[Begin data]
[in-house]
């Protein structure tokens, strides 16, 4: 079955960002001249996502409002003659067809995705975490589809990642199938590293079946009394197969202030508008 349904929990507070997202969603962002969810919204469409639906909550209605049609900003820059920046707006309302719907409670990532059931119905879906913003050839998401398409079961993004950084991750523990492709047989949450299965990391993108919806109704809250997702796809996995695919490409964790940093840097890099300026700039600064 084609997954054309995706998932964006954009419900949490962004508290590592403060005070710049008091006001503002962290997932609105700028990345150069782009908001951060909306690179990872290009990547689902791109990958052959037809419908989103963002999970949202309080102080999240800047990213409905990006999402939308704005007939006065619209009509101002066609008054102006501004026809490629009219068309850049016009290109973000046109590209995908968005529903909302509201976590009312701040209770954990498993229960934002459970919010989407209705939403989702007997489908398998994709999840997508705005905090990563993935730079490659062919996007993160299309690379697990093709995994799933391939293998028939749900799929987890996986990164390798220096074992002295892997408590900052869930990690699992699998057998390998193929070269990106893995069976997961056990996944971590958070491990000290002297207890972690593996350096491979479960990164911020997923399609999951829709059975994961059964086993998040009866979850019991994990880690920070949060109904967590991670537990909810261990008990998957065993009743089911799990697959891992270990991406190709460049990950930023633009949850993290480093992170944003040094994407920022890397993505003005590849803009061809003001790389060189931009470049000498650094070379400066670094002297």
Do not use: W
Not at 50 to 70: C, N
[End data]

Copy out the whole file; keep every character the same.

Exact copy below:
[in-house]
């Protein structure tokens, strides 16, 4: 079955960002001249996502409002003659067809995705975490589809990642199938590293079946009394197969202030508008 349904929990507070997202969603962002969810919204469409639906909550209605049609900003820059920046707006309302719907409670990532059931119905879906913003050839998401398409079961993004950084991750523990492709047989949450299965990391993108919806109704809250997702796809996995695919490409964790940093840097890099300026700039600064 084609997954054309995706998932964006954009419900949490962004508290590592403060005070710049008091006001503002962290997932609105700028990345150069782009908001951060909306690179990872290009990547689902791109990958052959037809419908989103963002999970949202309080102080999240800047990213409905990006999402939308704005007939006065619209009509101002066609008054102006501004026809490629009219068309850049016009290109973000046109590209995908968005529903909302509201976590009312701040209770954990498993229960934002459970919010989407209705939403989702007997489908398998994709999840997508705005905090990563993935730079490659062919996007993160299309690379697990093709995994799933391939293998028939749900799929987890996986990164390798220096074992002295892997408590900052869930990690699992699998057998390998193929070269990106893995069976997961056990996944971590958070491990000290002297207890972690593996350096491979479960990164911020997923399609999951829709059975994961059964086993998040009866979850019991994990880690920070949060109904967590991670537990909810261990008990998957065993009743089911799990697959891992270990991406190709460049990950930023633009949850993290480093992170944003040094994407920022890397993505003005590849803009061809003001790389060189931009470049000498650094070379400066670094002297």
Do not use: W
Not at 50 to 70: C, N